It happened that, one after- locked up in his new lodgings. noon among others, the aforesaid Mas- Lorenzo's next concern was to send ter Manente, having been drinking at for the buffoon Monaco-a personage the tavern, called Delle Bertucce, remarkably well skilled in counterfeit(which was his favourite haunt,) had ing voices—whom, having first made inade himself so intoxicated, that he him exchange his own clothes for those could scarcely stand ; and mine host, of the physician, and given him the when it came to shutting-up time, necessary directions, le dispatched, caused him to be carried on boys' just as the bells were ringing for mashoulders out into the street, and laid tins, to Master Manente's house in along on one of the benches in St the street de' Fossi. It was in the Martin's market-place, where he fell month of September, and the physi80 sound asleep that a discharge of cian's family (consisting of a wife, an cannon would not have awakened him. infant son, and a servant-maid,) were By some chance Lorenzo was made residing at his country-house in the acquainted with this accident, and, Mugello, while he himself remained thinking it a most favourable oppor- at Florence, but was never to be found tunity for the accomplishment of his at home except at night when he reproject, he pretended to pay no atten- turned to sleep, making it his constant tion to the person who was his infor- practice to dine either at a tavern, mant, but feigning a desire to go to with his boon companions, or else at sleep, (it being already far advanced his friends' houses; insomuch, that towards midnight, and he at all times Monaco, having found the house key a little sleeper, making it his constant in the owner's pocket, easily let himhabit to stay up till about that hour,) self in, and, in great glee at the thought of at once hoaxing the doctor, and gra- should be sought for to have charge of tifying the humour of the Magnifico, the sick man, and told Niccolajo where laid him down on Master Manente's he might find such a person, in the bed, and went to sleep. It was nine hospital of St Maria Nuova. To the o'clock before he woke, and then, ha- hospital Niccolajo accordingly went, ving dressed himself again in Ma- and found the person in question, who nente's clothes, and assuming the had already been instructed as to the master's voice, he called out of the part he had to perform ; and who, hawindow of the court-yard to a female ving undertaken the office, entered the neighbour who dwelt opposite, saying house forthwith, (by the aid of a lockthat he felt himself very unwell, with smith,) and shortly afterwards opened a pain in his throat, which he had ac- one of the windows, and called out to cordingly wrapped in a woollen hand- inform the by-standers, that Master kerchief.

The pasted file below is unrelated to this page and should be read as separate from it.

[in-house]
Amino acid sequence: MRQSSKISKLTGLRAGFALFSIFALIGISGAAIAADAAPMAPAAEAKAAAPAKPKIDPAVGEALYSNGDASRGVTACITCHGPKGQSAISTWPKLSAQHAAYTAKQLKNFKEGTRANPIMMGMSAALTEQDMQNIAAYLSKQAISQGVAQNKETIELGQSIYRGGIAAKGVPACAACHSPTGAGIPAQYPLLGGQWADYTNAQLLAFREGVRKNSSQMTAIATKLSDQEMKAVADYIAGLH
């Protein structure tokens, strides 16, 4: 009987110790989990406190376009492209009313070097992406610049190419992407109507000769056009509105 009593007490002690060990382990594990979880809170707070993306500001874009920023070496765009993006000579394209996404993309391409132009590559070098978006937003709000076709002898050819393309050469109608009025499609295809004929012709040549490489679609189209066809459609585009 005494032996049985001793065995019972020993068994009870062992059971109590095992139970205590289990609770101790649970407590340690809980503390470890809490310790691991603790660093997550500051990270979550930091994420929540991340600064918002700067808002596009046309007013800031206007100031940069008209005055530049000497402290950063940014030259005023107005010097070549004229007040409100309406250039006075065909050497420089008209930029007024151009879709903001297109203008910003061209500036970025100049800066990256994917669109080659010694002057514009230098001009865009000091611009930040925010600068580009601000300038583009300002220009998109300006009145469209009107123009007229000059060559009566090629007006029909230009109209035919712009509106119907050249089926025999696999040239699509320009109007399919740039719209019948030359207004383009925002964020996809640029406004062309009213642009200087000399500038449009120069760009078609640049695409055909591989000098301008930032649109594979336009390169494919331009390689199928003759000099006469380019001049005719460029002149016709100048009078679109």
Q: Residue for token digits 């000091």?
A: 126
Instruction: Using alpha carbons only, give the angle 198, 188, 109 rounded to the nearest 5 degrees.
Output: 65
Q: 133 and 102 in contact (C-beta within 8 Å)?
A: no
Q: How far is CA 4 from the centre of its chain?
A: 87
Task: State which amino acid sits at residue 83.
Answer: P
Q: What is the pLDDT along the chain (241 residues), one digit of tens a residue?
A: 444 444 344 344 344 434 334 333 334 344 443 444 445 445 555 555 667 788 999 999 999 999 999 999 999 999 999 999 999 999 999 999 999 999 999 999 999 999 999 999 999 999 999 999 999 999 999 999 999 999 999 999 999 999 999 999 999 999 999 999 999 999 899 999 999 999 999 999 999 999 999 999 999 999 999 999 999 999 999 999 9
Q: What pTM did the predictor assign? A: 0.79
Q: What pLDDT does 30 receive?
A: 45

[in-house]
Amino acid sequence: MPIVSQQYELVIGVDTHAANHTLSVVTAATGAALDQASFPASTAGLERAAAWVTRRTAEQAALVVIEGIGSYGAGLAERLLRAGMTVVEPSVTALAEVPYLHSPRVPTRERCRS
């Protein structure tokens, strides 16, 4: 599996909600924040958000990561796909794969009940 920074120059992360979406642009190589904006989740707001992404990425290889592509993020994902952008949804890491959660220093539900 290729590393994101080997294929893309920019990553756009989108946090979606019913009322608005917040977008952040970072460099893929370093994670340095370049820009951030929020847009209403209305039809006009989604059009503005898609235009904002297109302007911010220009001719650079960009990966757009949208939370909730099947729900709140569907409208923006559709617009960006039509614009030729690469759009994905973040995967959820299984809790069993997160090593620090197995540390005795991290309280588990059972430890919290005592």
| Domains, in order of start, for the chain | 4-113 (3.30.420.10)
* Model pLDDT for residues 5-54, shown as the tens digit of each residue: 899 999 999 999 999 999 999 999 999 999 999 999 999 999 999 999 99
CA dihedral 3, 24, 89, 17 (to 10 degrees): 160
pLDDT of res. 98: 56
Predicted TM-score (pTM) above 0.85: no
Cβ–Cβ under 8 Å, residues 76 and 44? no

Manente had, in good sooth, a plague· Now there was at this time great boil on his throat as big as a peach, fear of the plague at Florence, where and was already lying at death's door. some symptoms had already discover. Upon hearing this, Lorenzo gave ored themselves; so that the good wo- ders that the attendant should be supman, dreading what might follow, plied, through the window, with food asked him, in great trepidation, what and all other necessaries, and then dehe might please to want of her? To parted, with great shew of grief and whom he answered, that he begged for affliction ; while the attendant, having a couple of new-laid eggs, and a little received the supply of provisions, clofire; and then, pretending that he was sed the window again, and, in comtoo ill to support himself, withdrew pany with the pretended dying man, from the window. The good woman made good cheer on the victuals which made haste to provide what he want- were sent him, to which they added a ed, and called to him as loudly as she flask or two of the choicest wine which was able, to tell him that she had pla- the doctor had in his cellar. ced the articles at the door of his house, While these things were going on, and that he must come and fetch them the poor abused doctor, having slept -the which he did accordingly-at away a whole day and night, at length the same time exhibiting to the by- awoke, and finding himself in bed, and standers the appearance of a person in the dark, could not imagine what scarcely able to totter along through place he had come to, but, calling to exhaustion, with his mouth and throat mind what had passed before he lost muffled up, and altogether so pitiable his powers of recollection, persuaded an object, that all who beheld him himself that, having been drinking were forced to believe that he was in with his friends at the Bertucce, and the worst stage of the dreaded dis- become intoxicated, they had carried order.